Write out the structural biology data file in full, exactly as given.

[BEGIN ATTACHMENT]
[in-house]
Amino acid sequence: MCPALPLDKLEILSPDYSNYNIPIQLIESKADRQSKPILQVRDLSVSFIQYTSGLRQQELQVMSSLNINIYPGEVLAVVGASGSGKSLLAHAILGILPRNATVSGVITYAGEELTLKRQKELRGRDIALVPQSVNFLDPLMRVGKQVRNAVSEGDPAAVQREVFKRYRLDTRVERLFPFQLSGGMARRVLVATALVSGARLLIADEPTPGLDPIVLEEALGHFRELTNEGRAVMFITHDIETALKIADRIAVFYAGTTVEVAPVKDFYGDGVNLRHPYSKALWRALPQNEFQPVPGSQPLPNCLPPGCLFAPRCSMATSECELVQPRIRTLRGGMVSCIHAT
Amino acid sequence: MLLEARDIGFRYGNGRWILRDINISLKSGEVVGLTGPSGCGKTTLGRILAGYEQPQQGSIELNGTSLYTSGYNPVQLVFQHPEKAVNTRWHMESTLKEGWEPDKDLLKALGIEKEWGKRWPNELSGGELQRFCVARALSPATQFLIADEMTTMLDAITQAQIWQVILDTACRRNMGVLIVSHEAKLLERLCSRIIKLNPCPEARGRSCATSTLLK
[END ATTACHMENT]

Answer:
[in-house]
Amino acid sequence: MCPALPLDKLEILSPDYSNYNIPIQLIESKADRQSKPILQVRDLSVSFIQYTSGLRQQELQVMSSLNINIYPGEVLAVVGASGSGKSLLAHAILGILPRNATVSGVITYAGEELTLKRQKELRGRDIALVPQSVNFLDPLMRVGKQVRNAVSEGDPAAVQREVFKRYRLDTRVERLFPFQLSGGMARRVLVATALVSGARLLIADEPTPGLDPIVLEEALGHFRELTNEGRAVMFITHDIETALKIADRIAVFYAGTTVEVAPVKDFYGDGVNLRHPYSKALWRALPQNEFQPVPGSQPLPNCLPPGCLFAPRCSMATSECELVQPRIRTLRGGMVSCIHAT
Amino acid sequence: MLLEARDIGFRYGNGRWILRDINISLKSGEVVGLTGPSGCGKTTLGRILAGYEQPQQGSIELNGTSLYTSGYNPVQLVFQHPEKAVNTRWHMESTLKEGWEPDKDLLKALGIEKEWGKRWPNELSGGELQRFCVARALSPATQFLIADEMTTMLDAITQAQIWQVILDTACRRNMGVLIVSHEAKLLERLCSRIIKLNPCPEARGRSCATSTLLK